I would like to briefly respond to a comment of a few days ago, and break it off in several pieces.
Because I will be away from my computer today, I will post what I can and add more to this post over the weekend.
On June 5, William wrote,
"after reading your profile, I thought how could this woman be a conservative? Particularly, loving nature, hiking etc... and apparently supporting the worst environmental administration in our lifetime?"
And here's my response to that:
You're too young to know this, but our air and water quality, among many other things' is so vastly improved from when I was a child, and coming of age in the sixties, that it's hard for me to be too upset about how "bad" things are today in that department. It is truly a staggering improvement. That is not to say there's not always room for more improvement.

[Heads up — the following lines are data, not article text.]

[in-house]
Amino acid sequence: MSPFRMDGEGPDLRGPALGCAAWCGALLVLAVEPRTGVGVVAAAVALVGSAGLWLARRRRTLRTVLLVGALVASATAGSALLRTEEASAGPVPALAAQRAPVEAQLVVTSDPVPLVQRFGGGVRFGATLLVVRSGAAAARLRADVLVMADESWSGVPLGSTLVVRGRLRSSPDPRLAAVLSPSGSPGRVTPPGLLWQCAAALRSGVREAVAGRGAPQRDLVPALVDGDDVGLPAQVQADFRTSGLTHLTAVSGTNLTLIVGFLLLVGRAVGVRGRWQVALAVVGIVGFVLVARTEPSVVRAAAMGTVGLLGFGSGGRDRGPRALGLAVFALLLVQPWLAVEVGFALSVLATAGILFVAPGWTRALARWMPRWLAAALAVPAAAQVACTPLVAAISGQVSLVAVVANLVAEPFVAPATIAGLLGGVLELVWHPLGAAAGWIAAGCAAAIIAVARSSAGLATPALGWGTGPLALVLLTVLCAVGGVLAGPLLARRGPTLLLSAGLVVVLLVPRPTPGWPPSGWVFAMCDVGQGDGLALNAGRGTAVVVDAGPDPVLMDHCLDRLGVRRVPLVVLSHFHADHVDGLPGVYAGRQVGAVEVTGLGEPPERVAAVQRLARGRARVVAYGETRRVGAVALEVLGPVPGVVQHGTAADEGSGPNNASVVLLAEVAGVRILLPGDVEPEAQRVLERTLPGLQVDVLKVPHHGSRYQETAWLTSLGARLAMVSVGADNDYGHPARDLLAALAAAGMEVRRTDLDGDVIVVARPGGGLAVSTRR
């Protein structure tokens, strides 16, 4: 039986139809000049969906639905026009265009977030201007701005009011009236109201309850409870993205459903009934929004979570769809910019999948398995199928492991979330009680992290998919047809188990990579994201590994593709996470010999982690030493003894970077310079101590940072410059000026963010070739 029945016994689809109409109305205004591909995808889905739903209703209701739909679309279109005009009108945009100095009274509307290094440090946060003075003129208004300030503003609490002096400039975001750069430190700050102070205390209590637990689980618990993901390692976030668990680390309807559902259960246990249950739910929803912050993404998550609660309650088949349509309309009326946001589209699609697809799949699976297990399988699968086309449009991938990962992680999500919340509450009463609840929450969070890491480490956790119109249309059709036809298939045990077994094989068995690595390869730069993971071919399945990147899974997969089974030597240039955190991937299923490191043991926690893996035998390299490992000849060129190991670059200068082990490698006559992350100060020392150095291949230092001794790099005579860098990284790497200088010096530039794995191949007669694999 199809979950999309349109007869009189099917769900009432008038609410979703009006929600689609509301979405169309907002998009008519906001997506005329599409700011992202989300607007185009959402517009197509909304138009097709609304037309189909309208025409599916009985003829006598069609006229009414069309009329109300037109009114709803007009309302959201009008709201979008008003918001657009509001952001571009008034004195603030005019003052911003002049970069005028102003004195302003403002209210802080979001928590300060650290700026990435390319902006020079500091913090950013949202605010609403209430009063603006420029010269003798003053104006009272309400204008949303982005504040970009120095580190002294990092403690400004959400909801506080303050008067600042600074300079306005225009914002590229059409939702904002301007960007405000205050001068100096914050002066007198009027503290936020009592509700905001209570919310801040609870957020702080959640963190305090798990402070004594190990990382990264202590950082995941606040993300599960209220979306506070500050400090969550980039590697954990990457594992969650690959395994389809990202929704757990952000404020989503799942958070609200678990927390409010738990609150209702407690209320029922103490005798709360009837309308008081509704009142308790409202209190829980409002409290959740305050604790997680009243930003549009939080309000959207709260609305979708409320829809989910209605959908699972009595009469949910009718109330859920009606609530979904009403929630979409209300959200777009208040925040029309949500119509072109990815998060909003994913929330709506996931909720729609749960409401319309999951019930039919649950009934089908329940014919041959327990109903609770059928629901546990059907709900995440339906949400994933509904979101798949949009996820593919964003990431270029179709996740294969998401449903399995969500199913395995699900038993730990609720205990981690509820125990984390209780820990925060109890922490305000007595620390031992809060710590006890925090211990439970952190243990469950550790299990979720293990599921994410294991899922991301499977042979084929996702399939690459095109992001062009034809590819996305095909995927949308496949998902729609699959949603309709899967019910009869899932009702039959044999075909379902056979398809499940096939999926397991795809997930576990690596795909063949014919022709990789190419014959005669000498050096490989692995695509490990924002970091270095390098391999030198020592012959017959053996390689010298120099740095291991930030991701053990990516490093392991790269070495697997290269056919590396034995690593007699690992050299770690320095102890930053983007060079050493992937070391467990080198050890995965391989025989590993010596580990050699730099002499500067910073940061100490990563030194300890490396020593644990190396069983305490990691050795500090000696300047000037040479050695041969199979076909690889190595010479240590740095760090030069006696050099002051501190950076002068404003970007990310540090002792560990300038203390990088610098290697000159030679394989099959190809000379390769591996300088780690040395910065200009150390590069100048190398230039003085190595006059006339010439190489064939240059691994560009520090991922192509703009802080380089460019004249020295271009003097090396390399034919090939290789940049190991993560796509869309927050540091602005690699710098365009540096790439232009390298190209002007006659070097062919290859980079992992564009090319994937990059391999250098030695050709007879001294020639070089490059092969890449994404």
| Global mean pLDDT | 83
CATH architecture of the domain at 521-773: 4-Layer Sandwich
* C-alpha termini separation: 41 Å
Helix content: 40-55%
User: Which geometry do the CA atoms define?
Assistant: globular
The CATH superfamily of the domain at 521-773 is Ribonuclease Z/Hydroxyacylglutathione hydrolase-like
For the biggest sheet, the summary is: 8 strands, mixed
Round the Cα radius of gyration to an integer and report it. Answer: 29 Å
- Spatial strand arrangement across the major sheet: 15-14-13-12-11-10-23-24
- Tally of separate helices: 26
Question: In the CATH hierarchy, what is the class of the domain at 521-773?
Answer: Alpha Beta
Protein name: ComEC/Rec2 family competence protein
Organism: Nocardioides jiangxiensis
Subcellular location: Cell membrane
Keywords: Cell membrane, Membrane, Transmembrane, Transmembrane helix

Did you know that CO2 levels actually decreased last year in the United States even as GDP went up several percentage points? Of course that won't satisfy you or your idealism, but it is a point worth noting here in the non-MSM.
But to a larger degree, I would bet that you and I vastly differ on what the true precursors of improved environmental quality really are. I'm sure you would say that more laws and regulations are required, not to mention our country's signing on the Kyoto Treaty. I've heard the arguments ad naseum.
You see, I believe, however politically incorrect, that democracy, free markets, the rule of law, low taxes, strong property rights and economic prosperity are the greatest enhancements of environmental quality there can be.
Conversely, where you find tyrannical regimes, dictators, controlled markets and economic impoverishment, you find environments and environmental quality in deep decline. I think of North Korea. Or the decimataion of Iraq's wetlands under Saddam. Or Cuba. And let's watch what will happen to the envronmental quality of Venezuela in the years to come.
This is all I have time for right now. I will address that and that alone. I am not willing to be assaulted by multiple comments, psychological studies and the like. Those are for your blog. I am sticking to my own knitting here. And remember, it's your First Amendment right to leave when and if you so choose.